Tomorrow starts Florida’s unofficial National Invasive Species Awareness Week (NISAW). While the folks in DC have the dates from March 4-9, we in Florida decided we needed at least 4 extra days to celebrate.
Events in Florida range from workdays to potato pulls, pet amnesty day to steering committee meetings. All our activities serve to raise awareness of the threat of invasive species and serve to build camaraderie and cooperative efforts in our partnerships.
Here is a PDF calendar that shows events for the following 12 Florida Cooperative Invasive Species Management Areas (CISMAs):
1. Apalachicola Regional Stewardship Alliance CISMA
2. Central Florida CISMA
3. East Central Florida CISMA
4. Everglades CISMA
5. First Coast Invasive Working Group
6. Heartland CISMA
7. Lake County CISMA
8. Osceola County Cooperative Weed Management Area
9. Six Rivers CISMA
10. Suncoast CISMA
11. Southwest Florida CISMA
12. Treasure Coast CISMA
Here is an awesome one page handout on “What you can do” during NISAW that was created by Suncoast CISMA. Feel free to steal the idea and spread it wide and far – great message sent along with the flyer:
“National Invasive Species Awareness Week (NISAW) is once again upon us! We invite you to make an effort to participate in some way this week. Whether you surf the web to learn a new plant, make a commitment to participate in an upcoming workday, or simply talk to your neighbor, YOU CAN MAKE A DIFFERENCE. If you need ideas on what you can do to participate, see the attachment. It is full of ideas. Better yet, print the flyer and post it somewhere others will see it and that can be your contribution to NISAW!”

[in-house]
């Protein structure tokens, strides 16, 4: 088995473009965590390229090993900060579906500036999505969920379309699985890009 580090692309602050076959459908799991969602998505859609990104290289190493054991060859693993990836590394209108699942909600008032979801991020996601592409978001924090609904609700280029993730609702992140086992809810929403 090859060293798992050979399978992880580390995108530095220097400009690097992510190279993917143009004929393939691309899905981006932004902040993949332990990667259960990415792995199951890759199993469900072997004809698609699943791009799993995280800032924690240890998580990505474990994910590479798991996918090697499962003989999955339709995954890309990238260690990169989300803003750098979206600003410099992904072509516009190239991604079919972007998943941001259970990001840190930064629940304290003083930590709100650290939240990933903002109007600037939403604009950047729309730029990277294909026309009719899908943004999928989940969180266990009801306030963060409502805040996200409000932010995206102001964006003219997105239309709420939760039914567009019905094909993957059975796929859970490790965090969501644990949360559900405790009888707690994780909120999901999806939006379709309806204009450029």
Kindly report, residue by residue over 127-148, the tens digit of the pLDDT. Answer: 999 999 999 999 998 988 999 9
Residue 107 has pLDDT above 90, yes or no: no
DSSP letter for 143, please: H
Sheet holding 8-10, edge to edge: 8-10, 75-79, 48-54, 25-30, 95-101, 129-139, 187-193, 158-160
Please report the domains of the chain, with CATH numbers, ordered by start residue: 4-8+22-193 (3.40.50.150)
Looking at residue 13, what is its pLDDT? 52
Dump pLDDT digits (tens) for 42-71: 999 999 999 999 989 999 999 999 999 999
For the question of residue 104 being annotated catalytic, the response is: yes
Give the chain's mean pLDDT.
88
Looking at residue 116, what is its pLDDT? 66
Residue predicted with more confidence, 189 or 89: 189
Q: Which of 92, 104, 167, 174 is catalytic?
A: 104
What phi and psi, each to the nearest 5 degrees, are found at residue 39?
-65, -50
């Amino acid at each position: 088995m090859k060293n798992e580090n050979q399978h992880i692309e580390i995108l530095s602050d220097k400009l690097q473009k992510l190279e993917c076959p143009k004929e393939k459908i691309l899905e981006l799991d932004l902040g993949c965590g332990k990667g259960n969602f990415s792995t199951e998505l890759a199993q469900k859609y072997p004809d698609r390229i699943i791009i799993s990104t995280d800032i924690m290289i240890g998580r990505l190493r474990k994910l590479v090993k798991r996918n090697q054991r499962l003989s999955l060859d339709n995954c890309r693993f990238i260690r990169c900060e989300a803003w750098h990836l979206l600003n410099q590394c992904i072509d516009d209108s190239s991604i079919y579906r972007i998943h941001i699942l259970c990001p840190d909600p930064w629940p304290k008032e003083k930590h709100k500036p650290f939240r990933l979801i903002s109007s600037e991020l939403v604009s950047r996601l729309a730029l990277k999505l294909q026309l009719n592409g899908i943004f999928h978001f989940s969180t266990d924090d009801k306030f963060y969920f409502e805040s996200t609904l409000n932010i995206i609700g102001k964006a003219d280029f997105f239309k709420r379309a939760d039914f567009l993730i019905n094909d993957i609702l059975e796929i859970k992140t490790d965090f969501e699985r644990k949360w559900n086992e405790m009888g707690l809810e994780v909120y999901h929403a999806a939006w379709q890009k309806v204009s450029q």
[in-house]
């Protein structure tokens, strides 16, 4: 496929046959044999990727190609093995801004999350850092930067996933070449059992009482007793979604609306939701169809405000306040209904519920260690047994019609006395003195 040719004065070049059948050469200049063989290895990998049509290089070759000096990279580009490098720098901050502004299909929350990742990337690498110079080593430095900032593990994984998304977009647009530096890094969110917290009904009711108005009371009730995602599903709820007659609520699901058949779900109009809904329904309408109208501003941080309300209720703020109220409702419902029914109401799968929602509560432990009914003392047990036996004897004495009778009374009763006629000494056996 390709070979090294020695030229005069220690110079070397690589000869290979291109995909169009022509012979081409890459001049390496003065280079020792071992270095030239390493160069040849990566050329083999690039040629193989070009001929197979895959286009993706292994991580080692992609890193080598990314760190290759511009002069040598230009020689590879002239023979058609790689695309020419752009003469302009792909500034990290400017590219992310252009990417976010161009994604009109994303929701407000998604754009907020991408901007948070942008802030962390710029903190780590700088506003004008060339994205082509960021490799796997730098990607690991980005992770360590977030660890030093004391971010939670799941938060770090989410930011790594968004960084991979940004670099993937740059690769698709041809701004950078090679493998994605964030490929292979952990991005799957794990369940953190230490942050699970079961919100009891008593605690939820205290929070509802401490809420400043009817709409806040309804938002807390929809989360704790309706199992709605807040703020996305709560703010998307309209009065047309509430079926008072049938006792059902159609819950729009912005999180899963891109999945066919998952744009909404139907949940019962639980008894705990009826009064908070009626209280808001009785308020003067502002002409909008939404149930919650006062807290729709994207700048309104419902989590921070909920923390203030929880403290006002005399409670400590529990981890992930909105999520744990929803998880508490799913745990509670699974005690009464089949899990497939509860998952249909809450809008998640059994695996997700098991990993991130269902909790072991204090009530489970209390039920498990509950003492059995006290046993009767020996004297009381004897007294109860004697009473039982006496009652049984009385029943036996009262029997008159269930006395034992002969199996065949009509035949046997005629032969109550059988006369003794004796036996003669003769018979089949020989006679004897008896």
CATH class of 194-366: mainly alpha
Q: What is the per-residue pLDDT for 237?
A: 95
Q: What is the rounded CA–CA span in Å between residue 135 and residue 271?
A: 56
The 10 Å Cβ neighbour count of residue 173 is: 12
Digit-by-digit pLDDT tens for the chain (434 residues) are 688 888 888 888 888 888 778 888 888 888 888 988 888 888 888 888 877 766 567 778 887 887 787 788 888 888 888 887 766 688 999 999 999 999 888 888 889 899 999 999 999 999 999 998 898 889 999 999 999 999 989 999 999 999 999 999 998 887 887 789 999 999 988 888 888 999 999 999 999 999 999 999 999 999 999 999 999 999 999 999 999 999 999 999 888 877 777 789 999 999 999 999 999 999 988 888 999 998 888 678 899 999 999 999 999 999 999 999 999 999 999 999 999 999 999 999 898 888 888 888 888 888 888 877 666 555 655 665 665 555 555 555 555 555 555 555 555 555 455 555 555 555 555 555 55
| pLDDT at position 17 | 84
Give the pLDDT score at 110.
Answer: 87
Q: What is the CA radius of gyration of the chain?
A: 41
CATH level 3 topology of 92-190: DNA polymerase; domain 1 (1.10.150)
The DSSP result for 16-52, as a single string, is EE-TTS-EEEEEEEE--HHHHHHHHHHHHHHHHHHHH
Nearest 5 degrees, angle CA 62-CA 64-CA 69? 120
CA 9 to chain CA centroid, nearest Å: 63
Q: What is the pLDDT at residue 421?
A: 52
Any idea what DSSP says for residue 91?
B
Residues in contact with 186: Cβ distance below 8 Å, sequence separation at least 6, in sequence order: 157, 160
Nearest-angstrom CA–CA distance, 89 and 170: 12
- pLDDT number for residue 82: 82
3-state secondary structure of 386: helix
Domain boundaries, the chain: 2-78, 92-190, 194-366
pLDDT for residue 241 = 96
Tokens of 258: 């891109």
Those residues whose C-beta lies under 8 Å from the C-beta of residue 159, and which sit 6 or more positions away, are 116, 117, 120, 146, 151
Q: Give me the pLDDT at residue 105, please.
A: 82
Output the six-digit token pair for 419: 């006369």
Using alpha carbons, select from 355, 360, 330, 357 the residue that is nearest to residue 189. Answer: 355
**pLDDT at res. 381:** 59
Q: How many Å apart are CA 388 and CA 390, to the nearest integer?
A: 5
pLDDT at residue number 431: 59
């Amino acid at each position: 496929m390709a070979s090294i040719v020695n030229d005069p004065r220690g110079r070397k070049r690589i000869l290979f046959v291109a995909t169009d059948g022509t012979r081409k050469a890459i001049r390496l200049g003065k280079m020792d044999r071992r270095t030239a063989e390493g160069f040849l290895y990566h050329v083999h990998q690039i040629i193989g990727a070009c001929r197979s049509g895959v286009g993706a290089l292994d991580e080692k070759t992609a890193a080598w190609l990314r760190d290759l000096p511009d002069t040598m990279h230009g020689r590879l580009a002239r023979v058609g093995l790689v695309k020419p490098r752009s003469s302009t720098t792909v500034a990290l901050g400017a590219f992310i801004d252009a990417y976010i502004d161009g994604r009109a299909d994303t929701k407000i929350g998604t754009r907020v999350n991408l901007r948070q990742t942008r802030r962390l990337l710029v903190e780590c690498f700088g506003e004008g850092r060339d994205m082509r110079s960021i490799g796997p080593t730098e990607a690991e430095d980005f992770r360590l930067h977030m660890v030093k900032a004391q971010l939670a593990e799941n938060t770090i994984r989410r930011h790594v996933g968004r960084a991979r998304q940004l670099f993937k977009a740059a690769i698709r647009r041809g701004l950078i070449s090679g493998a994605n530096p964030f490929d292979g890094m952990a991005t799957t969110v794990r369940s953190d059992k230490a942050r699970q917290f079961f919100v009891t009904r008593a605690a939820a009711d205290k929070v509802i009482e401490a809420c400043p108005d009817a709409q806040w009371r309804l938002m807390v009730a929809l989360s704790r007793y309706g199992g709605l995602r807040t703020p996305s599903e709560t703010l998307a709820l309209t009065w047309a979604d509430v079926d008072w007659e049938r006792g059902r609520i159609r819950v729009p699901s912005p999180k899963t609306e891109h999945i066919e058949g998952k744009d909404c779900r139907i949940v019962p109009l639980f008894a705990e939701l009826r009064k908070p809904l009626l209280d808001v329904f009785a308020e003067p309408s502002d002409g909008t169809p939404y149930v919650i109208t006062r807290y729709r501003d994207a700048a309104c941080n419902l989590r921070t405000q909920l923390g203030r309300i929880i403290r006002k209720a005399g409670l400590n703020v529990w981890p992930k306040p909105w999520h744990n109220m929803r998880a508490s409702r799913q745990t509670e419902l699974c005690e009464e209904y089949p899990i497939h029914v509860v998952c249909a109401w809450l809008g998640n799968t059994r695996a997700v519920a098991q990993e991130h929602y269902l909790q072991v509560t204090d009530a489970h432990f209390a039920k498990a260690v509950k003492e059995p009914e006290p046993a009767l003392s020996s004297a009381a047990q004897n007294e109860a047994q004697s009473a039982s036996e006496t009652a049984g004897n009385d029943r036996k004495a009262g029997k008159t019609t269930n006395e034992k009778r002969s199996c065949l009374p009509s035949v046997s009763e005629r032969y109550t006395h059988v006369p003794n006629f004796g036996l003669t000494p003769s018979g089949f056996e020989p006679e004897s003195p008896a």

Here’s some of what you’ll find between the “digital covers” of this issue…
- 2013 Python Challenge;
- New signs for Great Fla. Birding & Wildlife Trail;
- Mild winter temps lead to fewer manatee deaths;
- the “Rule of Halves” in managing for turkeys;
- Lake Istokpoga is a lunker locker;
- Ferocious ant lions;
- and much more.
Also, catch up on news about the FWC and Florida’s fish and wildlife in the “News” section of the magazine’s website.
The Wildlife Society is currently accepting applications for its Leadership Institute.
two to three years out of either undergraduate or graduate school,
currently working full-time in a wildlife professional position,
and with demonstrated evidence of leadership potential?